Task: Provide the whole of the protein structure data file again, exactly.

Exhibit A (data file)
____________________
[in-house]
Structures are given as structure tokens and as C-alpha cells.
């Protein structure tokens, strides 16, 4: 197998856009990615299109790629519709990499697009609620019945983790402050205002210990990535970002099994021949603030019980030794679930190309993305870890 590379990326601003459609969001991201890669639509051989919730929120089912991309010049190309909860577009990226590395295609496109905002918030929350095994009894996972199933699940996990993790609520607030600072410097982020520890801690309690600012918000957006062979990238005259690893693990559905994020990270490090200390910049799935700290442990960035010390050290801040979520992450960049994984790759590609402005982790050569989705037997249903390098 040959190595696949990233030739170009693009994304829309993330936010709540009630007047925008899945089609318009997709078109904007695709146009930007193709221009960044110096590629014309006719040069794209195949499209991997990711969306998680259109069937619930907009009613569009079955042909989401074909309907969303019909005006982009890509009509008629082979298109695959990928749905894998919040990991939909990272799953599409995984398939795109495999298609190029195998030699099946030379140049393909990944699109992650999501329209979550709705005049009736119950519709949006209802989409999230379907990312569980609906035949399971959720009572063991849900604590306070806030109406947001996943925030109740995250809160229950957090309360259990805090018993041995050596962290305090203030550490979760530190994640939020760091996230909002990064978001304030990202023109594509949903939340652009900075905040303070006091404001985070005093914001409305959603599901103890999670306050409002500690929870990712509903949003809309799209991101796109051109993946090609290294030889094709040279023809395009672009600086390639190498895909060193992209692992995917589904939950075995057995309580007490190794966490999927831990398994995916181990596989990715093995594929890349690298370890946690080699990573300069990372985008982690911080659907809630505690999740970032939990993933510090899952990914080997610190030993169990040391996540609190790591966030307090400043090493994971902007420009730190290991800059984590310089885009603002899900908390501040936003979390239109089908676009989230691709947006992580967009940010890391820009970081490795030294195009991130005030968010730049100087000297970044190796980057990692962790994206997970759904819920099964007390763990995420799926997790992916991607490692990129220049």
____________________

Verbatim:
[in-house]
Structures are given as structure tokens and as C-alpha cells.
């Protein structure tokens, strides 16, 4: 197998856009990615299109790629519709990499697009609620019945983790402050205002210990990535970002099994021949603030019980030794679930190309993305870890 590379990326601003459609969001991201890669639509051989919730929120089912991309010049190309909860577009990226590395295609496109905002918030929350095994009894996972199933699940996990993790609520607030600072410097982020520890801690309690600012918000957006062979990238005259690893693990559905994020990270490090200390910049799935700290442990960035010390050290801040979520992450960049994984790759590609402005982790050569989705037997249903390098 040959190595696949990233030739170009693009994304829309993330936010709540009630007047925008899945089609318009997709078109904007695709146009930007193709221009960044110096590629014309006719040069794209195949499209991997990711969306998680259109069937619930907009009613569009079955042909989401074909309907969303019909005006982009890509009509008629082979298109695959990928749905894998919040990991939909990272799953599409995984398939795109495999298609190029195998030699099946030379140049393909990944699109992650999501329209979550709705005049009736119950519709949006209802989409999230379907990312569980609906035949399971959720009572063991849900604590306070806030109406947001996943925030109740995250809160229950957090309360259990805090018993041995050596962290305090203030550490979760530190994640939020760091996230909002990064978001304030990202023109594509949903939340652009900075905040303070006091404001985070005093914001409305959603599901103890999670306050409002500690929870990712509903949003809309799209991101796109051109993946090609290294030889094709040279023809395009672009600086390639190498895909060193992209692992995917589904939950075995057995309580007490190794966490999927831990398994995916181990596989990715093995594929890349690298370890946690080699990573300069990372985008982690911080659907809630505690999740970032939990993933510090899952990914080997610190030993169990040391996540609190790591966030307090400043090493994971902007420009730190290991800059984590310089885009603002899900908390501040936003979390239109089908676009989230691709947006992580967009940010890391820009970081490795030294195009991130005030968010730049100087000297970044190796980057990692962790994206997970759904819920099964007390763990995420799926997790992916991607490692990129220049």